baron is a lifelong newspaperman, highly respected in the business.
No doubt baron Fellowes of West Stafford looks just the part.
Instead, baron depicts herself as a young woman desperate for political access for its own sake.
Whenever a staffer needed help, baron, in a foreshadowing of later events, was the first to volunteer.
Many of them—from Denis Diderot and Lawrence Sterne to David Hume and Adam Smith—met in the Paris salon of baron Thierry Holbach.
The only unexceptionable one is a foreign gentleman, baron Ton-hausen.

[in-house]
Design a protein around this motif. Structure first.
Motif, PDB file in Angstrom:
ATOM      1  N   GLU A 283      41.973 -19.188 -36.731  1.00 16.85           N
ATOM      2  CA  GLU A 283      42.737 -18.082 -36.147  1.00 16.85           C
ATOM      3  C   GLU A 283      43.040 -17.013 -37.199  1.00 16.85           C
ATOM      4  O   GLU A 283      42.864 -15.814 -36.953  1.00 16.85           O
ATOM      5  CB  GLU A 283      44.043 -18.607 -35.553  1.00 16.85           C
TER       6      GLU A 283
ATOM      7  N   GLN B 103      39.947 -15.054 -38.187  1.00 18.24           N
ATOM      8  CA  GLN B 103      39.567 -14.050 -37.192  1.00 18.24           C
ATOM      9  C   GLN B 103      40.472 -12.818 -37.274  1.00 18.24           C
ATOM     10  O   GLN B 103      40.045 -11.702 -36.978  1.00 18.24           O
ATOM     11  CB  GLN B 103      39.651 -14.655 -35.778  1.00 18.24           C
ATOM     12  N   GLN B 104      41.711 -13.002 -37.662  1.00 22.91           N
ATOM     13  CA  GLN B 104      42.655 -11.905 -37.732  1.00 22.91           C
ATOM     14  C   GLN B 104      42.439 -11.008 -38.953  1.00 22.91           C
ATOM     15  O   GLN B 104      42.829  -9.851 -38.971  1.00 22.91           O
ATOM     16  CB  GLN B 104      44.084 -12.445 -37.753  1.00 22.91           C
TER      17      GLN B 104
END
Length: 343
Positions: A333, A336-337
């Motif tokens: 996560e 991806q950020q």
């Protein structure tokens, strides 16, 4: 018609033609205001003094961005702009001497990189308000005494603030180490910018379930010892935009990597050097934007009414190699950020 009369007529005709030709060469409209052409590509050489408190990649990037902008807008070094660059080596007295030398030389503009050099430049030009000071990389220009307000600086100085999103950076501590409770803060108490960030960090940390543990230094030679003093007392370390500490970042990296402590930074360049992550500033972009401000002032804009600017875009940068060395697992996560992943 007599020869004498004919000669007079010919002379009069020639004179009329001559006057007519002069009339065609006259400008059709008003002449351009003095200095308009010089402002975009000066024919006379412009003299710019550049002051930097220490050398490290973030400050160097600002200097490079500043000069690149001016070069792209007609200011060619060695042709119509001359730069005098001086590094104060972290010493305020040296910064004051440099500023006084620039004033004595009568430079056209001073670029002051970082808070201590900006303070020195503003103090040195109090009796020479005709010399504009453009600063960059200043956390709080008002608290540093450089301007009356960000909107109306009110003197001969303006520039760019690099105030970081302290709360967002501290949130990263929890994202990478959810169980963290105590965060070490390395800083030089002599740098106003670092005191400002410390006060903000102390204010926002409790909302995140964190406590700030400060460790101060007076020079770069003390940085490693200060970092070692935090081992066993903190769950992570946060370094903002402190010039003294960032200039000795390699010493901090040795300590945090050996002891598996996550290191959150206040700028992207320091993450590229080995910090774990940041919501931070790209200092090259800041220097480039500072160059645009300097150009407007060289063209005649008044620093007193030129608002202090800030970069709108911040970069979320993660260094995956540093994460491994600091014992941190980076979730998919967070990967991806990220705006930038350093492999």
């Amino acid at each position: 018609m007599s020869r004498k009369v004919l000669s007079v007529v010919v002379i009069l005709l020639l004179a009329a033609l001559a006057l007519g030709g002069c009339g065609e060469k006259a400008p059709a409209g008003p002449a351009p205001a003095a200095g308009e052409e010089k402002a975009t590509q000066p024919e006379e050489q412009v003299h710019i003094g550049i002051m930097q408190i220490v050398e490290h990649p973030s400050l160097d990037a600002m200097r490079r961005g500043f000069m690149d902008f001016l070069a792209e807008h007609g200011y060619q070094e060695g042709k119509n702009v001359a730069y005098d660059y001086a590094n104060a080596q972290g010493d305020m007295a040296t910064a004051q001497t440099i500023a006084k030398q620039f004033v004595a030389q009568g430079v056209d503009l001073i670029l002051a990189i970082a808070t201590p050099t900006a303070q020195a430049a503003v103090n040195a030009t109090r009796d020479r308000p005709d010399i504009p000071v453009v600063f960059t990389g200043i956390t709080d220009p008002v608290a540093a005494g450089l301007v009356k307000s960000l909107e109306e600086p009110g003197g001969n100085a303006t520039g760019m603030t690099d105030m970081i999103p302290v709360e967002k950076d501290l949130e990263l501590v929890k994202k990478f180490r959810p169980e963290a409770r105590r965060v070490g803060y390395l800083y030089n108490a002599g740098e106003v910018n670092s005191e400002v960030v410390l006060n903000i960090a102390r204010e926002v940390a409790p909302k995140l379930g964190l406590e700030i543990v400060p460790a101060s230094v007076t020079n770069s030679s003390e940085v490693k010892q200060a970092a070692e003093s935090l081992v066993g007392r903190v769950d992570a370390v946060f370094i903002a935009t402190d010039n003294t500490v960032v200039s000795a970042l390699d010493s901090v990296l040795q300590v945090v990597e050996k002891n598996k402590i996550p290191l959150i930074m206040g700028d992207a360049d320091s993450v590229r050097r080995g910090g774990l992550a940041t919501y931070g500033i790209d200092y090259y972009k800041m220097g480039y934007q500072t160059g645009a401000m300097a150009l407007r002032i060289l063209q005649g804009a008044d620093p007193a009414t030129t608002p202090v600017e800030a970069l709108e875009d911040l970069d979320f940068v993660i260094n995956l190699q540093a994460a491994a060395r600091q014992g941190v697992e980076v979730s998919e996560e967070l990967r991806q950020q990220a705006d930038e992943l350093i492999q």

Doesn't the baron look just too distinguished beside Mr. Higbee?
baron Conon must wait, therefore, perhaps until the present elderly duke is dead and the duchy falls under feeble heirs.
The baron was amazed, and the bridemaidens were disconcerted.
"That's because you're too careless or lazy to look out for yourself," retorted the baron.
c.1200, from Old French baron (nominative ber) "baron, nobleman, military leader, warrior, virtuous man, lord, husband," probably from or related to Late Latin baro "man," of uncertain origin, perhaps from Frankish *baro "freeman, man;" merged in England with cognate Old English beorn "nobleman."